OOo4Kids is a special version of OpenOffice.org (the popular, free and easy to use alternative to Microsoft Office) which is very interesting and useful not only for schools, but also for many adult users. Besides, interaction with developers seems much simpler and friendlier than in many other Free Software projects. Keep reading to know, straight from OOo4Kids developer Eric Bachard, what is that makes OOo4kids unique.
Stop: Eric, what are the main features of OOo4Kids?
Eric: OOo4Kids is much simpler to use than the original OpenOffice. The interface is explicitly designed for children in the 7 to 12 years age range: attractive and very simple, without looking for this like some bad 3D cartoon. We have also removed some components which are almost never needed by those users, like support for Databasesii and Java scripting.
Stop: Do you do all this only to simplify the interface?
Eric: No, we also want to solve another serious problem which is very common here in France and, I’m sure, everywhere else. Many of our users, especially schools, only have old computers with little memory. Other users asked me an office suite that would run even on XO laptops. To make OpenOffice run on these limited machines we had to simplify its source code and reduce the binary size of about 35%.
Stop: That’s an impressive task! What is the result?
Eric: OOo4Kids runs correctly on a Celeron 500 + 128 MB of RAM, and on the XO too.
Stop: OOo4Kids doesn’t seem limited at all to primary school children! Everybody who thinks that normal office suites are too slow and complicated, or just has a slower computer will love it, but… does it only run on Linux?
Eric: Not at all. Just like the original OpenOffice, it also works on Windows and Mac OS.
Stop: Is OOo4Kids available in different languages?
Eric: Yes. The current version is available in French, Portuguese, English, German and Spanish. An Italian version is in the works. Everybody willing to add other languages is welcome to join the project.
Stop: I mentioned that OOo4Kids is interesting also because how the way it is developed. How do you work, and why?
Eric: Our method is very simple! We developers ask questions directly to the teachers who join the project, because they have the right knowledge. It is teachers who know very well the children, what they can do and what is not suited to them. Teachers also know best than us what they need from OpenOffice and the requirements of local school programs. Therefore, we ask teachers things like “What features have to be used, at a given age” or “What do you want to be immediately visible in the graphical interface, before clicking anywhere”. When teachers answer, we the developers explain what is “doable”. Eventually, after several iterations, we achieve what is expected, or at least be as close as possible.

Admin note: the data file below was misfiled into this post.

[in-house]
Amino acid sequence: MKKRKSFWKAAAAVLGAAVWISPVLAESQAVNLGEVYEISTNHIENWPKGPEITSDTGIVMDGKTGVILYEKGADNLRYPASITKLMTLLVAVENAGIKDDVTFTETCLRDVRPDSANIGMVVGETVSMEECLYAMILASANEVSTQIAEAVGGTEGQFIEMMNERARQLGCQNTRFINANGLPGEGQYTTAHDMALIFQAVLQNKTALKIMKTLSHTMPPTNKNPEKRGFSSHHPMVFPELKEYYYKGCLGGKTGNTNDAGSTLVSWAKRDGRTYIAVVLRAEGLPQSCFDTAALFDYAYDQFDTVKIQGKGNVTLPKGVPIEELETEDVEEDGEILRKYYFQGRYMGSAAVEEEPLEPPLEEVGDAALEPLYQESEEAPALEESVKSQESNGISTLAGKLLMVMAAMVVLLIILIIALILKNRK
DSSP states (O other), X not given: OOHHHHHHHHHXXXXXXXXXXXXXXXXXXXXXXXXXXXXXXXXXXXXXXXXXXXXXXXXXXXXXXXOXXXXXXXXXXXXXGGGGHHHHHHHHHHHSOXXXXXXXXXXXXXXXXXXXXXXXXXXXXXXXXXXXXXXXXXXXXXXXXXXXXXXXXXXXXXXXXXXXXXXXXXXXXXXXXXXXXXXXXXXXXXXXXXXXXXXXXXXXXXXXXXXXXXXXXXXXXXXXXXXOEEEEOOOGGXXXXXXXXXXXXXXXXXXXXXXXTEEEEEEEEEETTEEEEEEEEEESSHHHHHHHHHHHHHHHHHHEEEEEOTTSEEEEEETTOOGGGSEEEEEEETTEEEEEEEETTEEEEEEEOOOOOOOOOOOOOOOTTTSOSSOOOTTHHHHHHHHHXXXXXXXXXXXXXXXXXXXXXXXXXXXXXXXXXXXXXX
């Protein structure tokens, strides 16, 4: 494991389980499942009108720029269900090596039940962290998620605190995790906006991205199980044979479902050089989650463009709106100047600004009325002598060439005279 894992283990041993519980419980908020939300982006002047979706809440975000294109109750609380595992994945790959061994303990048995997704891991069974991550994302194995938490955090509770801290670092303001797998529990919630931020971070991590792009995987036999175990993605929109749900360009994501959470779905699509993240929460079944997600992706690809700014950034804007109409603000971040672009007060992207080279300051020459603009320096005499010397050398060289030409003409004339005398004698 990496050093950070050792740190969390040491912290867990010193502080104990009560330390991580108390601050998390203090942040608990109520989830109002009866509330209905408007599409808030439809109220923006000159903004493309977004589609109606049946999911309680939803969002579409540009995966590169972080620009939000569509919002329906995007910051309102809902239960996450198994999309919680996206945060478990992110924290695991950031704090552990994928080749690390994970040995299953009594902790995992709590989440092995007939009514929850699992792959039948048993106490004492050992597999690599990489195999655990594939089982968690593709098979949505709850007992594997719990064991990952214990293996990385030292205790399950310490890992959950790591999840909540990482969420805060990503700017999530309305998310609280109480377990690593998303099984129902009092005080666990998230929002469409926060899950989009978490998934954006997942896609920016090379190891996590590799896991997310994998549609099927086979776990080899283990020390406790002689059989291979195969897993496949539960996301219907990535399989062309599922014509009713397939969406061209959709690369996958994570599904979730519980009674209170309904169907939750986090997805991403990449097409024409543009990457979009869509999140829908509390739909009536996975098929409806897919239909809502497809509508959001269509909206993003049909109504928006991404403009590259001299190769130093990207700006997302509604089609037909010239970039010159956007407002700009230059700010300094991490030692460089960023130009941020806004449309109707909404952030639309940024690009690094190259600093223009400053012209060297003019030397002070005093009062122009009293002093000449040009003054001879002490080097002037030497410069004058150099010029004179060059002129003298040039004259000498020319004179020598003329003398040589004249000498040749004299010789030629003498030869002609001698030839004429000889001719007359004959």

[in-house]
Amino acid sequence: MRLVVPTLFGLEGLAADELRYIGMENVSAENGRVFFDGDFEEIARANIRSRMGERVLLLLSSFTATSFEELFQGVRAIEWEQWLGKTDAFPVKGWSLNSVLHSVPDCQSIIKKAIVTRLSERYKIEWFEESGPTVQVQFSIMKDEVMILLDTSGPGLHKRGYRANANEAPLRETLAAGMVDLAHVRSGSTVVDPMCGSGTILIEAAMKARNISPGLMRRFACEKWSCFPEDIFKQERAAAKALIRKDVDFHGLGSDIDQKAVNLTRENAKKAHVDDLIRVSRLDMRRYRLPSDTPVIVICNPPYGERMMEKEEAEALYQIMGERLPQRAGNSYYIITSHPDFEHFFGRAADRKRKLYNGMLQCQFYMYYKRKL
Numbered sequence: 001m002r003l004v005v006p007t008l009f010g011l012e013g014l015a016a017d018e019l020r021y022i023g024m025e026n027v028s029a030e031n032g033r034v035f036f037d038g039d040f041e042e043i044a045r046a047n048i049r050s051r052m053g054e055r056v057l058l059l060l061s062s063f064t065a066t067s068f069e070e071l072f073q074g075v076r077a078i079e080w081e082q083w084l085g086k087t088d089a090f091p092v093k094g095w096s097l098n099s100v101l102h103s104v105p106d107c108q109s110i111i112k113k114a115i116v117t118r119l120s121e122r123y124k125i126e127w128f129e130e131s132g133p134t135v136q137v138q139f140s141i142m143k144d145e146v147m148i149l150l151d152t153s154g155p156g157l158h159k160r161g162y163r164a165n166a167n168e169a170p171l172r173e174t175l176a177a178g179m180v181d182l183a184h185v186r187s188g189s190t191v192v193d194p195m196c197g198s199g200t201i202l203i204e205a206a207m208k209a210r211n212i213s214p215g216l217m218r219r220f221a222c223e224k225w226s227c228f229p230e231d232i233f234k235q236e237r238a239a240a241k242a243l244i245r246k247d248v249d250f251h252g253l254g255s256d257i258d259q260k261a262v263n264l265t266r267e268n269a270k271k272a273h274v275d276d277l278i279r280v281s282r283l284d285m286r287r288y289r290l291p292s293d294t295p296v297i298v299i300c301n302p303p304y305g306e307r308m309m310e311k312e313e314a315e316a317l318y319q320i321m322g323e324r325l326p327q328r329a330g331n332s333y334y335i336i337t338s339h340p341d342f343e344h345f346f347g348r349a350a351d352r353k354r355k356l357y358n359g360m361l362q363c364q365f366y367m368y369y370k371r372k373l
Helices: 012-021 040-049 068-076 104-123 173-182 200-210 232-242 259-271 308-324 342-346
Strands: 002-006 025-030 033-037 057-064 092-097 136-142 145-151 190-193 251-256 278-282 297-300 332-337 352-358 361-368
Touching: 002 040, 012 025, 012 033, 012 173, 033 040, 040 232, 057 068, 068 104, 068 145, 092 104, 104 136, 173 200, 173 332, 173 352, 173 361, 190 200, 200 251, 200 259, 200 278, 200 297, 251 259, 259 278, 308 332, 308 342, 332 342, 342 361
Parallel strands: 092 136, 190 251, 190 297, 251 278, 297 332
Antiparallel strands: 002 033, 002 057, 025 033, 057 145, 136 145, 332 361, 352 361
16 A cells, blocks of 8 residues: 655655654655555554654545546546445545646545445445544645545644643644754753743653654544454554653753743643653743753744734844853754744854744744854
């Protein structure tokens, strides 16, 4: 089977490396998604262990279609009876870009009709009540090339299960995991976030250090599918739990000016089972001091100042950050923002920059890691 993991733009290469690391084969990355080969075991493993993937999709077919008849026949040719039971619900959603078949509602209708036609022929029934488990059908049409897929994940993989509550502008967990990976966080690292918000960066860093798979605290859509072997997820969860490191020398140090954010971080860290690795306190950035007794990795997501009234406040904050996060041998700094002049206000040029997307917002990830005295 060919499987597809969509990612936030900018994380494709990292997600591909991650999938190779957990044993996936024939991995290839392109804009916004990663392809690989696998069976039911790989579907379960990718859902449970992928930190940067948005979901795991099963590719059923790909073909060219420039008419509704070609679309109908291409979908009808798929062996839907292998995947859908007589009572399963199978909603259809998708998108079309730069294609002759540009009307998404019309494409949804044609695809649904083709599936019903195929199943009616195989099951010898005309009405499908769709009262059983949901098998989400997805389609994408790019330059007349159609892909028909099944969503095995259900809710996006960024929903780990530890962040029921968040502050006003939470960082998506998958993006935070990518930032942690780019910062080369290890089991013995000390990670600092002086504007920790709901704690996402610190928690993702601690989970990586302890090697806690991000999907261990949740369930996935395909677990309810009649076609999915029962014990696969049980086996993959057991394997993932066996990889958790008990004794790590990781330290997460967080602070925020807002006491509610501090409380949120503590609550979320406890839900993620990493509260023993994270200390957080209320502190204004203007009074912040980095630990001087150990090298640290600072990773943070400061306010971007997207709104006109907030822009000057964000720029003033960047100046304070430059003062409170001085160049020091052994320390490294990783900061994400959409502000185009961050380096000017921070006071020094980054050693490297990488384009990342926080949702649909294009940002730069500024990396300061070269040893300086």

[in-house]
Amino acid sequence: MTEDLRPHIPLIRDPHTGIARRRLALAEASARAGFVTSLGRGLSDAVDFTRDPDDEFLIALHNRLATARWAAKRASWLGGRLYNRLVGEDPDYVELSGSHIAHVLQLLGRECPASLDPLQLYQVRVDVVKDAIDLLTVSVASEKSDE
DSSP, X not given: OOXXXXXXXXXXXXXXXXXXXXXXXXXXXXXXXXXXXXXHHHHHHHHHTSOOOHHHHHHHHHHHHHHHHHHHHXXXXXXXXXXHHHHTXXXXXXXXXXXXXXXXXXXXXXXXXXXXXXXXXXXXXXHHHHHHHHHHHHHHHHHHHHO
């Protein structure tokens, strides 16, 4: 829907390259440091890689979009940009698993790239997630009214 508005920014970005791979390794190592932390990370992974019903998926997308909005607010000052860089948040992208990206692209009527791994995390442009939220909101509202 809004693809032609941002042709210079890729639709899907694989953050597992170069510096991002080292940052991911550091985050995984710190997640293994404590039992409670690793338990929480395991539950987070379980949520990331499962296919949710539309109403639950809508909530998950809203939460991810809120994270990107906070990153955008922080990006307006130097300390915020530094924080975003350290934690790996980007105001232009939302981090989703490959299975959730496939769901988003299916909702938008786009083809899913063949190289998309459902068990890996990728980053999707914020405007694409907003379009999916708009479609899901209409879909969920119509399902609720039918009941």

Stop: Can you describe to us an example of this collaboration?
Eric: We had no exact idea of what the simplified toolbars of the word processor should look like. Then we got an extremely interesting suggestion just through the “Ideas and Suggestions” page of our wiki: different, user-selectable toolbars for several age ranges. Looking at the proposal, we could easily see that we should implement the toolbar for children between 7 and 9 years of age first, and then the one for older kids.
Stop: So, in the long run, it’s almost like the teachers themselves were able to modify the software to fit their own needs.
Eric: Correct. This is a major difference from the standard, official version of OpenOffice, in which it is much harder to have added some feature that you requested.
Stop: How and where does the collaborative work happen?
Eric: At places like Campus Libre and the Forge. If you want to request a new feature, however, you should describe it, adding images if possible, into a new page in the OOo4Kids wiki. (Note: don’t worry, it isn’t more difficult than writing an email with Yahoo, Hotmail or Google!)
Stop: What happens next?
Eric: We discuss all proposals on our mailing lists, giving priority to the ones with clear descriptions and rationales. Once a proposal has been accepted, we add it to our Roadmap according to its priority.
Stop: Thanks, Eric! Readers who wish to see what OOo4Kids looks like can use this gallery of OOo4Kids screenshots at Softonic.